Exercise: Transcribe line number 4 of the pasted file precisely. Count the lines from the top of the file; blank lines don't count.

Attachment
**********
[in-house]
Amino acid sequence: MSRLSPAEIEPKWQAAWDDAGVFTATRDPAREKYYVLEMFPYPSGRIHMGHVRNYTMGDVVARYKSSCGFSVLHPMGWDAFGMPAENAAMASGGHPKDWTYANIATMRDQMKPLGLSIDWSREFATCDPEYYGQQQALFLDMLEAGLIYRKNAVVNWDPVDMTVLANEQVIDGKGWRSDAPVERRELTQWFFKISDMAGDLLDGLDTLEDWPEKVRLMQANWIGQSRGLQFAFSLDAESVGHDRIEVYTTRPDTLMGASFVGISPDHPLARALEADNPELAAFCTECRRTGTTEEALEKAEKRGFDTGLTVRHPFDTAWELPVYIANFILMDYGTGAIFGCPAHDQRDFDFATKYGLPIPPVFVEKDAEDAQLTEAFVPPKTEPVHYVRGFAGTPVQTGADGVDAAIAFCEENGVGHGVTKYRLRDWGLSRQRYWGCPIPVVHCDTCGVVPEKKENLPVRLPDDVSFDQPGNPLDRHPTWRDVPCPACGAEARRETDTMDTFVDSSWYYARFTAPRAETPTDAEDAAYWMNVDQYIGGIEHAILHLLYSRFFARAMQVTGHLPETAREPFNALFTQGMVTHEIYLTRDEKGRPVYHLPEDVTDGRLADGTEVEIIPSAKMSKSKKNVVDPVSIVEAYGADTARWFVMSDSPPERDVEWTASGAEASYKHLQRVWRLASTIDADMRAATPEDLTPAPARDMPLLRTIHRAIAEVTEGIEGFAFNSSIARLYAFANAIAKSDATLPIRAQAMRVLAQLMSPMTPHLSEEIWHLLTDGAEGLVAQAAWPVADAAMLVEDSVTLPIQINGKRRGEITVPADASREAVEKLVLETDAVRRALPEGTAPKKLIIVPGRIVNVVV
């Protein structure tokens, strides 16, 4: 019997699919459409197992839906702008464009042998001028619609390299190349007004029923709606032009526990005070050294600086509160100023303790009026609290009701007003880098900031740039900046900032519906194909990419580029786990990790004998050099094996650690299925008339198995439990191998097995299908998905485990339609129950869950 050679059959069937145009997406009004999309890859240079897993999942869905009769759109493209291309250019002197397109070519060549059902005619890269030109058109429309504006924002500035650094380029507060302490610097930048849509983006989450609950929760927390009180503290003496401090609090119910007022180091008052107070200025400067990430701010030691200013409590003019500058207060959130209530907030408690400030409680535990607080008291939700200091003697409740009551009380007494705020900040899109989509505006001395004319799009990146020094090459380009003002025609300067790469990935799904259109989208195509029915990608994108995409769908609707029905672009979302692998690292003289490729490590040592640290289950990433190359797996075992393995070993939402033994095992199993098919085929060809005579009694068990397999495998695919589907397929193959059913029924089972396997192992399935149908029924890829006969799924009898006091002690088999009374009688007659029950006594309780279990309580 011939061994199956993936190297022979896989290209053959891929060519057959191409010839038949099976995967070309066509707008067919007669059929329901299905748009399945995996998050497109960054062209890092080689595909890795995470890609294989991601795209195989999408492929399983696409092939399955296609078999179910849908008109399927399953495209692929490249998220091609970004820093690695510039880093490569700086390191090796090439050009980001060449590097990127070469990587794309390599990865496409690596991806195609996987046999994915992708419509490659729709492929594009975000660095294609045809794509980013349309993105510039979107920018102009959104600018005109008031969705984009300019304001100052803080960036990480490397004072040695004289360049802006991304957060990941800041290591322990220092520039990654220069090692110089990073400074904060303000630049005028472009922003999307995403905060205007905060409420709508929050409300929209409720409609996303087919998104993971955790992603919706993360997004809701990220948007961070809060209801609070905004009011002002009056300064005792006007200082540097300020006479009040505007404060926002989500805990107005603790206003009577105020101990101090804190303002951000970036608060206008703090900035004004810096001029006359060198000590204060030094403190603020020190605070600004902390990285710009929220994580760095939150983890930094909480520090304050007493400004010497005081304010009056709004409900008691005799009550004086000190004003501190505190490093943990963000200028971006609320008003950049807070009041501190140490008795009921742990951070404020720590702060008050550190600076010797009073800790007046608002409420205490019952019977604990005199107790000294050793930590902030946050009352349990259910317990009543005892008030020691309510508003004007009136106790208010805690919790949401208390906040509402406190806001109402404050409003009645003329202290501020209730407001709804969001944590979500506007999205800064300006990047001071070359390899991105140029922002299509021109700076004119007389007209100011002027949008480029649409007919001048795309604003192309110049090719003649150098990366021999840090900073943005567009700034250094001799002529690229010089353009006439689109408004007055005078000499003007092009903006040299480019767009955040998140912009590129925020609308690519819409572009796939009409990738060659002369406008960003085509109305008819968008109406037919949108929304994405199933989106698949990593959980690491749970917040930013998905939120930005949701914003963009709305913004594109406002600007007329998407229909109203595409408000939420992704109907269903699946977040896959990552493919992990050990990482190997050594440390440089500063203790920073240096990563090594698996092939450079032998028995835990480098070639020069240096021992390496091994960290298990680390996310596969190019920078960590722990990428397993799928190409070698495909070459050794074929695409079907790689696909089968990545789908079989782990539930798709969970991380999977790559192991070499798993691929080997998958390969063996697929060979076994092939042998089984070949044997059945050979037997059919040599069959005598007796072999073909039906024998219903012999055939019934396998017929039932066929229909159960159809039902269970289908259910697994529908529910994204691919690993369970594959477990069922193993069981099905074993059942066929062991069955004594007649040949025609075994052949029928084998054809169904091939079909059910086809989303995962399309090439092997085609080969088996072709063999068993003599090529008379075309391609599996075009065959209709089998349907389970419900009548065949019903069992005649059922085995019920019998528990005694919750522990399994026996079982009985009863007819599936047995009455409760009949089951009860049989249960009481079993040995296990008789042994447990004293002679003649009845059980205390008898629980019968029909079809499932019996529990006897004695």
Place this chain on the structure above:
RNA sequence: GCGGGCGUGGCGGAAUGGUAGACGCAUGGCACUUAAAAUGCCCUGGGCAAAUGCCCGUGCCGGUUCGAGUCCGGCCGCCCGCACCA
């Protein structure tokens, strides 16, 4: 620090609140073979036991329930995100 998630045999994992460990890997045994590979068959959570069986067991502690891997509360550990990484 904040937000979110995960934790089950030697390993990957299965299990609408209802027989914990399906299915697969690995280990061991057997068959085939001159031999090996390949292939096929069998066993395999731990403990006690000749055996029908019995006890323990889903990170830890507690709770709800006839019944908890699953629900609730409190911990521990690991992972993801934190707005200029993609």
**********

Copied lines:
Place this chain on the structure above: